I'm Not Really Here Paperback
by Paul Lake
Paul Lake was Manchester born, a City fan from birth.
His footballing talent was spotted at a young age and, in 1983, he signed coveted schoolboy forms for City.
Only a short time later he was handed the team captaincy.
An international career soon beckoned and, after turning out for the England under-21 and B teams, he received a call - up to the England training camp for Italia '90.
Earmarked as an England captain in the making, Paul became a target for top clubs like Manchester United, Arsenal, Spurs and Liverpool, but he always stayed loyal to his beloved club, deeming Maine Road the spiritual home at which his destiny lay.
But then, in September 1990, disaster struck. Paul ruptured his cruciate ligament; sustaining the worst possible injury that a footballer can suffer. And so began his nightmare. Neglected, ignored and misunderstood by his club after a succession of failed operations, Paul's career began to fall apart.
Watching from the sidelines as similarly injured players regained their fitness, he spiraled into a prolonged bout of severe depression. With an enforced retirement from the game he adored, the death of his father and the collapse of his marriage, Paul was left a broken man.
Set against a turning point in English football, "I'm Not Really Here" is the powerful story of love and loss and the cruel, irreparable damage of injury; of determination, spirit and resilience and of unfulfilled potential and broken dreams.
- Format: Paperback
- Pages: 416 pages
- Publisher: Cornerstone
- Publication Date: 02/08/2012
- Category: Autobiography: sport
- ISBN: 9780099553250
- EPUB from £3.99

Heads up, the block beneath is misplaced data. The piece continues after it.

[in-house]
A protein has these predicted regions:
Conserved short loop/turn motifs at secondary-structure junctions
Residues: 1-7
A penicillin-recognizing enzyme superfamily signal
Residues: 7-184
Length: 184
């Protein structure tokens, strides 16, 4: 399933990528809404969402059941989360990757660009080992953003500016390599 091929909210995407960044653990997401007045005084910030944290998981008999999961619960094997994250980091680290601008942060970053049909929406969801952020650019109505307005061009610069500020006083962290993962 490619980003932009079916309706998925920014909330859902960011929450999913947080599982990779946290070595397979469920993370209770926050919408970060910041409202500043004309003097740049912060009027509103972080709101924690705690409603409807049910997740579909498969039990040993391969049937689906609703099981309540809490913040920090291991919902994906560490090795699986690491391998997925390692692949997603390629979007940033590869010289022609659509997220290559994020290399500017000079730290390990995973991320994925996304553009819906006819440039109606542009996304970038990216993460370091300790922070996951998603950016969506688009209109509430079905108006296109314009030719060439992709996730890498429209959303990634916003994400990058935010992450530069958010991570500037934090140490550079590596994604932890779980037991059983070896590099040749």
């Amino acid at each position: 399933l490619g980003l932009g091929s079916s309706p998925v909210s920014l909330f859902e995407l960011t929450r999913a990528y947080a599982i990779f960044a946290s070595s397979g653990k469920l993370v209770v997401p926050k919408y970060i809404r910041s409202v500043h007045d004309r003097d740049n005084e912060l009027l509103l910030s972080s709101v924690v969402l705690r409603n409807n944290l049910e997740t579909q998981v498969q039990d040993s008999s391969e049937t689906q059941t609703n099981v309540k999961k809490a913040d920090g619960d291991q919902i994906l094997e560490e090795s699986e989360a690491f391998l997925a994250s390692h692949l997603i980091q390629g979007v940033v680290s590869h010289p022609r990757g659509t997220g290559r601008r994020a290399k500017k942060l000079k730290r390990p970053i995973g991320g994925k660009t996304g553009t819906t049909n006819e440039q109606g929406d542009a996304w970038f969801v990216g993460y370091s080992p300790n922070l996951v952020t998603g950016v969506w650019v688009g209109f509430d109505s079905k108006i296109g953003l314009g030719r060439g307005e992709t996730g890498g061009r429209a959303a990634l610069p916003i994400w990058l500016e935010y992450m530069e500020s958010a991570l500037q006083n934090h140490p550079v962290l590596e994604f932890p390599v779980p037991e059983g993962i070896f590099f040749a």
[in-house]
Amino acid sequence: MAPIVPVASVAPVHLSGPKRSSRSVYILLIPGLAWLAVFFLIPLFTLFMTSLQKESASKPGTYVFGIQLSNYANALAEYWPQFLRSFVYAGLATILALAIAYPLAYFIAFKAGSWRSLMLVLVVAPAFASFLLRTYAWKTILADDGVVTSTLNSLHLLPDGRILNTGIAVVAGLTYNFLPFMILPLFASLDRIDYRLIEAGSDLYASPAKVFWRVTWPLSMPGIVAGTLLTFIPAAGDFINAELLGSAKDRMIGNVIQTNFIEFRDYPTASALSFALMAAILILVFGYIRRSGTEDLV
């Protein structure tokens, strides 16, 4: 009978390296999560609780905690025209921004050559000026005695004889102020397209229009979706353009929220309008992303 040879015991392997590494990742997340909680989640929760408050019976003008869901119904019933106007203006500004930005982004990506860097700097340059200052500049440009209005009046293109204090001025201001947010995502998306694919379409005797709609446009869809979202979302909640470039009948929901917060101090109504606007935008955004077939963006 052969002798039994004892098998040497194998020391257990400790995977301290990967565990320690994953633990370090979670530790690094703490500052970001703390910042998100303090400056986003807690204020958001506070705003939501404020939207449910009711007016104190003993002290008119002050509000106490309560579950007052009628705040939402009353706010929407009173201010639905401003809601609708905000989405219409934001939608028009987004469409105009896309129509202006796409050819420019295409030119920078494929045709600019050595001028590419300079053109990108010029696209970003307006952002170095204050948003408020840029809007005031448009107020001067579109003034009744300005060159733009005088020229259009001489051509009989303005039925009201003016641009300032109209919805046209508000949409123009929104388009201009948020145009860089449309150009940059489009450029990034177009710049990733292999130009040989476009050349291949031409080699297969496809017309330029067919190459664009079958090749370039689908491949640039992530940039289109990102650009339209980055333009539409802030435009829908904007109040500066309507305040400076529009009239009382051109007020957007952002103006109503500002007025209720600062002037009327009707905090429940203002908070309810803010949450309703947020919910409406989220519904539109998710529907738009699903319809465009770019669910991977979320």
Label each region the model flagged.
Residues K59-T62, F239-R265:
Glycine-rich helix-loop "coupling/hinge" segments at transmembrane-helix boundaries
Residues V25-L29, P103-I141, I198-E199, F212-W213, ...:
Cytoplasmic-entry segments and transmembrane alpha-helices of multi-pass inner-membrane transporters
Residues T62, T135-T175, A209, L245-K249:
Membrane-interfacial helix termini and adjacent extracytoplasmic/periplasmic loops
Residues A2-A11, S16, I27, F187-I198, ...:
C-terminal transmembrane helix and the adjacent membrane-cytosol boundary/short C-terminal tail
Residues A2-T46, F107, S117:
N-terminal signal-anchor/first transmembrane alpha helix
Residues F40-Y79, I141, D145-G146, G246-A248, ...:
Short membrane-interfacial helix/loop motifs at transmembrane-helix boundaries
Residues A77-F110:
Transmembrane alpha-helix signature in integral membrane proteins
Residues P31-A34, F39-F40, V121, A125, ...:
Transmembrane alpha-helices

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Review by AHS-Wolfy
I'm not one for reading much in the way of non-fiction but having enjoyed the Bert Trautmann biography earlier in the year I thought I'd give another Manchester City legend's book a go. This is a story of local lad makes it big playing for the team he supported as a boy. Captain of the team by the time he was 21 and being talked of as a future captain of the national side even though he was yet to receive a full England cap having only represented them at under-21 and B level. Unfortunately his career and the bright future were curtailed by serious injury and the poor treatment he received by the medical staff that he trusted to make him well again. Rupturing a cruciate knee ligament, going through an operation and rehab to make his comeback to the game and team he loved only for his knee to fail again and again sent him into a state of clinical depression. The death of his father and the collapse of his first marriage certainly added to his woes at this time. Depression was never treated as an illness during this period and so he never could be open about how he felt. He'd often spend time at the cinema just to be alone and avoid speaking to people for a couple of hours. Finally calling it a day at the age of 27. Steered towards physiotherapy as his new career he even ended up back at City as his first job, looking after the academy team and despite moving on to other clubs due to needing distance from the memories he later returned as a club ambassador for the charitable work that City do in the community.This is a forthright and honest account of the highs and lows of Paul Lake's life and career. Even though he was not treated well by the club, a proper diagnosis at the time of his injury would have seen his career back on track, he never comes across as bitter recounting only one instance where he had an argument with the then chairman who had been reluctant to pay for the correct course of action needed and so setting in motion the decline of a great talent. It was a very emotional read and there were plenty of times I'd have to stop to clear the lump from my throat or the moisture from my eyes but it also contains some light-hearted moments as well. Not only does it look at the life of a future footballing star but also deals frankly with the depression that sets in when that is taken from him. It's a powerful and emotional read and even if you're not a City fan I'm sure this would be an affecting read.